Markets vs. The Wisdom of Crowds in picking NCAA Basketball winners

Michael Giberson

Once again this year, like millions of folks around the country, I filled out a NCAA basketball tournament bracket. Once again, my bracket is far from perfect. Once again, this year, I have been searching for an edge. (Preferably, the kind of edge that will enable me to out-pick my sports-minded, math-teacher wife.)

By the way, I take no comfort from Carl Bialikís column in the WSJ which suggests that the odds of picking a perfect bracket are 1 in 150 million, or 1 in 124 billion, or maybe 1 in 36 million billion, depending on how you set up your model. (Hat tip to Skip Sauer.)

Having followed the Ticket Reserve market for NCAA basketball tournament “fan forwards,” (see here and here) I wondered whether fan forward prices were a reliable indicator of likely winners in the tournament. A fan forward for the regional games pays off in the ability to purchase tickets to the game at face value if the selected team wins in the first two rounds. If the value of a ticket to a regional game is independent of the teams that reach the regional games, then the fan forward price reflects the probability of the teamís success.

After entering my own bracket into the ESPN.com Tournament Challenge, at 9 AM last Thursday I checked Ticket Reserve prices and filled out a “Market Signal” bracket, in each case selecting as winner the team with the higher priced fan forward. For comparison, I entered a third bracket based upon the favorites shown in ESPNís national bracket, which tabulates all submissions to the site. I called this third bracket “Wisdom of Crowds” (with apologies to James Surowiecki). I thought that picks based on Ticket Reserve prices in a real money market for ticket options would be superior to picks based on the aggregation of entries into the no-cost-to-enter ESPN Tournament Challenge. By the way, the brackets were very similar, only differing in 8 of 63 picks.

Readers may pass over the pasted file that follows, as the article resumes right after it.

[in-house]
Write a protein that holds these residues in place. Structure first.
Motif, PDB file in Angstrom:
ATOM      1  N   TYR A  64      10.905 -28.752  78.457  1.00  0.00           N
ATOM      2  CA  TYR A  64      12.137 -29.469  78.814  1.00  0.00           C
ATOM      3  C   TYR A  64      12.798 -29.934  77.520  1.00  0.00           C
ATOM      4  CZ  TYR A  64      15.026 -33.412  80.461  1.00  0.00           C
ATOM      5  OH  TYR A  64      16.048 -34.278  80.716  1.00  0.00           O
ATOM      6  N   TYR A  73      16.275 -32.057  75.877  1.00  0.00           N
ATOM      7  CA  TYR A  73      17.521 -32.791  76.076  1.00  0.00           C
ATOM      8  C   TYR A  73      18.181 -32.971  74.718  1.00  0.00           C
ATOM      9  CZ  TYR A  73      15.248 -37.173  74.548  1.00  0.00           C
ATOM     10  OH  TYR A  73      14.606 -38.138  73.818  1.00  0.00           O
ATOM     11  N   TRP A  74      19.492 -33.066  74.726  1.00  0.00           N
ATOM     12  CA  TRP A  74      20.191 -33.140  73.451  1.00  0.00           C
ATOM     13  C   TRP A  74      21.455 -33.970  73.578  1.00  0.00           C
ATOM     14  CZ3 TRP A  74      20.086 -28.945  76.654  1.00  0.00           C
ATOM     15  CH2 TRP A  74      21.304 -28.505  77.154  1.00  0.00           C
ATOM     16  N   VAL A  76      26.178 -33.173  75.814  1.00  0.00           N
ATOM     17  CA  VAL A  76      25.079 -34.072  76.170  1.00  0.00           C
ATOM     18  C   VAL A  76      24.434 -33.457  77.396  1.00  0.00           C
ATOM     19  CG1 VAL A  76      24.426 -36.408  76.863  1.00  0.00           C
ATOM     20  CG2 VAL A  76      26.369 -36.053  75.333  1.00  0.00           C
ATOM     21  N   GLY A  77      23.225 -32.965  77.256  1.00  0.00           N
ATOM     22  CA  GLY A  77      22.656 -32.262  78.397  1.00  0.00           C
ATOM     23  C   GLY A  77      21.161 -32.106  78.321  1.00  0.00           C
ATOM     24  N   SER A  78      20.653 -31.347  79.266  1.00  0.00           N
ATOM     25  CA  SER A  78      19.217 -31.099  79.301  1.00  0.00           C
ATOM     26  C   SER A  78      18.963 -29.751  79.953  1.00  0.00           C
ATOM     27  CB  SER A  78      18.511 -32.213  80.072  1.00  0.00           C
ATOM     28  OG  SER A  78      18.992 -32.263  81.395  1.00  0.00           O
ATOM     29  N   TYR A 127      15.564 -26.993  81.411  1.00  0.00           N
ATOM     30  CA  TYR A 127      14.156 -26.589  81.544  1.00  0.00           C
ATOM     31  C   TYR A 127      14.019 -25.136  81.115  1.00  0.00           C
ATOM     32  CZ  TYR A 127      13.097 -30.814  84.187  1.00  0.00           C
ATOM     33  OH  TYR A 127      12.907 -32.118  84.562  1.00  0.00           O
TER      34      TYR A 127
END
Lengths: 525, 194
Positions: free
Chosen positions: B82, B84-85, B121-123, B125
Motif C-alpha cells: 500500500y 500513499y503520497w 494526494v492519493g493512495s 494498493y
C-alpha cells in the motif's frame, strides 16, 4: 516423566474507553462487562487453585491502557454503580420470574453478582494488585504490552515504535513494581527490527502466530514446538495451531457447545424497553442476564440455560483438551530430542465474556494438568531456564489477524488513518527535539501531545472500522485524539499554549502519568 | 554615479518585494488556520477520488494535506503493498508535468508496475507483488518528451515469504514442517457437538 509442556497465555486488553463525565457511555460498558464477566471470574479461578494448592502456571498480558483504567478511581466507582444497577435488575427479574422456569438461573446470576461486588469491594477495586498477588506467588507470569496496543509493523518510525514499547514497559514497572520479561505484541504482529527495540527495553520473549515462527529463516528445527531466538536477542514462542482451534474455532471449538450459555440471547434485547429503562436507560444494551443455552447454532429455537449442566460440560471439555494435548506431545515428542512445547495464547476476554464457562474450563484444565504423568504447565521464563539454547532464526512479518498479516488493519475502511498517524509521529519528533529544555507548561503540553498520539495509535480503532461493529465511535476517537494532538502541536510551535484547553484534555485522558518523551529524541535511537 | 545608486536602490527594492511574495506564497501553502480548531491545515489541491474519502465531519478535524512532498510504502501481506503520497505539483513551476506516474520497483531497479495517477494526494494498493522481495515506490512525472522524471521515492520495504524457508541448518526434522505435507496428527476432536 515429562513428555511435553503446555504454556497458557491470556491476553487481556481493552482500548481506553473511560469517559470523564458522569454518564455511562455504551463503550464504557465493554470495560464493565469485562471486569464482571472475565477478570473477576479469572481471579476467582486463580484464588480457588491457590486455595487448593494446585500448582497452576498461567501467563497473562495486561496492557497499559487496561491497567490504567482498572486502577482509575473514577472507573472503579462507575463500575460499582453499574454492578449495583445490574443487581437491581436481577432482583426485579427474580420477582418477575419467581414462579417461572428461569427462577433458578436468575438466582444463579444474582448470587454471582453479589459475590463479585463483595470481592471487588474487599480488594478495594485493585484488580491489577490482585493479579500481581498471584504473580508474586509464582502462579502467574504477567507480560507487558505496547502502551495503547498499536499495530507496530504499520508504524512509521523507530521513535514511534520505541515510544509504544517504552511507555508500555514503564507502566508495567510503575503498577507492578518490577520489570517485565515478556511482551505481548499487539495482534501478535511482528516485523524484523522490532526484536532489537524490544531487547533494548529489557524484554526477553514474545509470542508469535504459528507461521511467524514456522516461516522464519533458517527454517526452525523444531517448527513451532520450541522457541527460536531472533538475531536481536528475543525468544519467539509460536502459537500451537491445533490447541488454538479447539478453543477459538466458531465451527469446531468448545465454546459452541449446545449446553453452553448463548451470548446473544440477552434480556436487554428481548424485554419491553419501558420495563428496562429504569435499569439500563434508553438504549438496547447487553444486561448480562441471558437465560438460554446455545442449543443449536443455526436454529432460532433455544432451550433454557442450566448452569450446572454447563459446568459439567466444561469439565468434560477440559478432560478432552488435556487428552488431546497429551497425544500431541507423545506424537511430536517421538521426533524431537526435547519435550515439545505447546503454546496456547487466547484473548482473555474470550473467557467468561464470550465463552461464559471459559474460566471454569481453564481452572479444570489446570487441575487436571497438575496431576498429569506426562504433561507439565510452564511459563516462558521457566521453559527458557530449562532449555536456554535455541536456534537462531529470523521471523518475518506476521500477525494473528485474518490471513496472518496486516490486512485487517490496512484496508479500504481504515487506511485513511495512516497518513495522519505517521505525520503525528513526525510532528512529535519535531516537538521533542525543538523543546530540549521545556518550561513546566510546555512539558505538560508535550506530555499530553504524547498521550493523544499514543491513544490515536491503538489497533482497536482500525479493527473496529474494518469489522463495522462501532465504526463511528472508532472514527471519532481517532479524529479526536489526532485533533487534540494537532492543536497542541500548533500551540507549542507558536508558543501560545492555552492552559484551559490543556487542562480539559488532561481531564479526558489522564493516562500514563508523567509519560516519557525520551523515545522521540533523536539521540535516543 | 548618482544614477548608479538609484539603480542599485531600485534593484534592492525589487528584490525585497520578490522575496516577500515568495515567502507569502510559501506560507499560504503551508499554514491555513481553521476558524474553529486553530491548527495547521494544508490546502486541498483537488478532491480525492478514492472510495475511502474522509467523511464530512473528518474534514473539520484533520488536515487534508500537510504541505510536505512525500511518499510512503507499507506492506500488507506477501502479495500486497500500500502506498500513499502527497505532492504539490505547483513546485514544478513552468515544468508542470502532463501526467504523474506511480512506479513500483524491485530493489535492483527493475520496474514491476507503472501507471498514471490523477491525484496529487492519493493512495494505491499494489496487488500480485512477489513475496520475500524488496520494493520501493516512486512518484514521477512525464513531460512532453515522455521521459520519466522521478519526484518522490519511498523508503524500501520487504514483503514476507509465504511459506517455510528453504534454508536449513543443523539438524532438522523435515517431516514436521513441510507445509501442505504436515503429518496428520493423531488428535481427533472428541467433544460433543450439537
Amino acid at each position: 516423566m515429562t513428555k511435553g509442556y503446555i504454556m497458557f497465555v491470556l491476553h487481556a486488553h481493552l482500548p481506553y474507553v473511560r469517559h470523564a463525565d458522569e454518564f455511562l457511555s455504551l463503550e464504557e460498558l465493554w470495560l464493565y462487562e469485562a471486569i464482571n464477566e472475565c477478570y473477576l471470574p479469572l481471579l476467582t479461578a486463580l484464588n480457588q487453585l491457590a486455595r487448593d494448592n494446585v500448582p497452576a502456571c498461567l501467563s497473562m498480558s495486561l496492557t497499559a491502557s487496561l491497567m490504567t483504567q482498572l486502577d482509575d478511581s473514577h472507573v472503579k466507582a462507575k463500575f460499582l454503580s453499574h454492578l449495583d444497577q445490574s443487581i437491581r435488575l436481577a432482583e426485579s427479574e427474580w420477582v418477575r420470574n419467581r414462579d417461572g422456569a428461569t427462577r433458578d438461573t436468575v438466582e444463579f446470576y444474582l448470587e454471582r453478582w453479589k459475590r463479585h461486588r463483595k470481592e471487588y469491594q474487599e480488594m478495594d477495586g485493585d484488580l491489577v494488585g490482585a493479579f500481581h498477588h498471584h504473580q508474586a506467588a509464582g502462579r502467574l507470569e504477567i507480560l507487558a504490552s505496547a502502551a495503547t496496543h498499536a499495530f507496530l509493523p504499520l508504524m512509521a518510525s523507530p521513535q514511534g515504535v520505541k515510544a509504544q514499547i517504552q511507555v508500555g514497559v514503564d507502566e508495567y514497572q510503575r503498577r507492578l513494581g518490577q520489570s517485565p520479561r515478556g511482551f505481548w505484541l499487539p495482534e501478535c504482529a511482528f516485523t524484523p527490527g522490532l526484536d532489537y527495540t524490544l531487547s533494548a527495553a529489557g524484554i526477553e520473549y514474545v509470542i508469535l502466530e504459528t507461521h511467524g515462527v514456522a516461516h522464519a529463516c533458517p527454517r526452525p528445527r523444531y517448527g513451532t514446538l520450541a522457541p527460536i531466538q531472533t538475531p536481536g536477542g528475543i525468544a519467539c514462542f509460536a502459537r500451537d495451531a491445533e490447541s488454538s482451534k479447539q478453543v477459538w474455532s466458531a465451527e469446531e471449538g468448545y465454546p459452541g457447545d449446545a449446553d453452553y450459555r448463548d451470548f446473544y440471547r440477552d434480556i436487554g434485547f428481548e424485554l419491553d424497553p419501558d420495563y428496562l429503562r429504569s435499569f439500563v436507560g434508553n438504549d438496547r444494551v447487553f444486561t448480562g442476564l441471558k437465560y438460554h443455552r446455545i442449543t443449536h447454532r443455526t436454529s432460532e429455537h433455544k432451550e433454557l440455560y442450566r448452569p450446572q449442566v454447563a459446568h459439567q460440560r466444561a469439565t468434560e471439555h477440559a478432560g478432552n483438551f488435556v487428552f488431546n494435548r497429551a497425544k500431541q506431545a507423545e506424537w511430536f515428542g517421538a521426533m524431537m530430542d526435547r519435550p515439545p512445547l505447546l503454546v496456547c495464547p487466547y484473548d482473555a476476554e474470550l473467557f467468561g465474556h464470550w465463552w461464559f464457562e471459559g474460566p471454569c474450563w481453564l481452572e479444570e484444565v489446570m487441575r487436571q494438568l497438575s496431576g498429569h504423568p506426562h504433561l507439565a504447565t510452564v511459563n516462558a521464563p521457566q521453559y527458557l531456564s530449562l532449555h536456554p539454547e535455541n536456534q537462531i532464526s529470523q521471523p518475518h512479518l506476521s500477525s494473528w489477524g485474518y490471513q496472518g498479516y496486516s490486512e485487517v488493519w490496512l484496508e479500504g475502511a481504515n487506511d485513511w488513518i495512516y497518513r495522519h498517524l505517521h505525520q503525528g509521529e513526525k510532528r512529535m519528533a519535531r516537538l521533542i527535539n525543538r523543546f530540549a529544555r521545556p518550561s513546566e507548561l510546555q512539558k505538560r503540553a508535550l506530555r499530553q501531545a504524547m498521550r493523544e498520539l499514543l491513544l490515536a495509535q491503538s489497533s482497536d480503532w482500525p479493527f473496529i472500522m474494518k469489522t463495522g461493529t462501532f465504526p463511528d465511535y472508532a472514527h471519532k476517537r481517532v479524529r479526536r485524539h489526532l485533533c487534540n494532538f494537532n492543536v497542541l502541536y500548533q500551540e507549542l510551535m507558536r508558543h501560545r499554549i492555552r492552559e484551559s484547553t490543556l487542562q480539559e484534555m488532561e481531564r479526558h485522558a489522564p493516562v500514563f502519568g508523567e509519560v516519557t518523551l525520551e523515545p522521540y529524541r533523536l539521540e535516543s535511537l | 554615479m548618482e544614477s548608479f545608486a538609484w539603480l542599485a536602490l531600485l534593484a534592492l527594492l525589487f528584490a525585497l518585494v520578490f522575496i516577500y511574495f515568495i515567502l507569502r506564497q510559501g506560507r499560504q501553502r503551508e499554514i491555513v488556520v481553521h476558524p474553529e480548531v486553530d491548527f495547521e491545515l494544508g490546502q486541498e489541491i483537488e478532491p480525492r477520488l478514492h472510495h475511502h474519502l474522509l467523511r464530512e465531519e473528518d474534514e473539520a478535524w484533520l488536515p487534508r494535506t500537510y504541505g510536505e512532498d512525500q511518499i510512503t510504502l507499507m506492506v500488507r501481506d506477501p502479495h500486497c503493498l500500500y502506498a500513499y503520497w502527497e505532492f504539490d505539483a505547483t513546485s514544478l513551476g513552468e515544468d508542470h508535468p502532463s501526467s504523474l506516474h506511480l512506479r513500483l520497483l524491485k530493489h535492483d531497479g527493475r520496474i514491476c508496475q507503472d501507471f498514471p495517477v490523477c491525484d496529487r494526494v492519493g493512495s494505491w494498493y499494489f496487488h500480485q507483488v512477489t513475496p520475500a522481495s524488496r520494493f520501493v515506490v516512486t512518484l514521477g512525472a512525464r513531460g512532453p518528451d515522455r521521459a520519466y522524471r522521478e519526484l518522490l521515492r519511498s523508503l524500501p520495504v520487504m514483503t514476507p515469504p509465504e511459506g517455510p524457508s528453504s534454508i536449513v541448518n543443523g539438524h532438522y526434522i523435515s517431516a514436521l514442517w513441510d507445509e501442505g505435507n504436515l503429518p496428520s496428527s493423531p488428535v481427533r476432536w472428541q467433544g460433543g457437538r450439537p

With two rounds played, Market is beating Wisdom of Crowds. Using ESPNís scoring the results are: Market-460, Wisdom-420. These scores put Market surpassing 95 percent of all entries submitted to ESPN, while Wisdom is down at 67 percent.

Market has won out so far by picking Kentucky over UAB, Wichita State over Seton Hall; and Arizona over Wisconsin in the first round, and picking West Virginia to win in the second round. On the other hand, Market had Arkansas while Wisdom picked first-round winner Bucknell. Notice that in each of these cases Market took the favorite and Wisdom picked the slight upset; Wisdom was right once.

For the regional games beginning tonight, Market has UCLA beating Gonzaga and losing to Memphis in Oakland, while Wisdom has Gonzaga prevailing over both teams and reaching the final four. The remaining picks are identical until the championship, where Market says Duke and Wisdom says UConn.

My own bracket scores a 410 — 57 percent — thank you for asking. Next year I think Iíll play the “Market.”

UPDATE: After the 3rd Round, Market hit the 97th percentile on the ESPN Tournament Challenge, while Wisdom sank lower. But Saturday’s game were no help to either bracket, with Market listing Duke and Memphis as winners while Wisdom had Duke and Gonzaga. (At 660 pts, 88th percentile; and 580 points, 61st percentile).

On the other hand, my own bracket had UCLA beating Memphis and has come to 690 pts in the ESPN scoring system, at the 94th percentile.


10 thoughts on “Markets vs. The Wisdom of Crowds in picking NCAA Basketball winners

  1. Playing the Brackets

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  2. Forget playing NCAA basketball brackets. That’s like playing a version of Powerball where you’re forced to spend five hours picking your numbers. Fantasy baseball/football is the same except it takes longer. If only we all lived in Vegas and could take advantage of their idiot line-setters. Prohibition in America is still alive and well – it’s just shifted.

  3. Don’t FanForwards also reflect demand for the tickets as well, not just win probability? Given two teams with equal chances to win, their fan forward prices wouldn’t be equal if one had more dedicated fans wanting tix. This would seem to dilute the predictive power. It’s true fans of a team expected to win could diversify by trying to pickup Forwards of likely opponents, but the primary effect seems like it would exert more force on prices. But, perhaps I’m not thinking this all the way through.

  4. I think you are right Larry, but I couldn’t think of a good way to estimate these other contributors to demand. Maybe average home game attendance?

    Hadn’t thought all of this through. Mostly, I thought I’d start simple and see how it works out.

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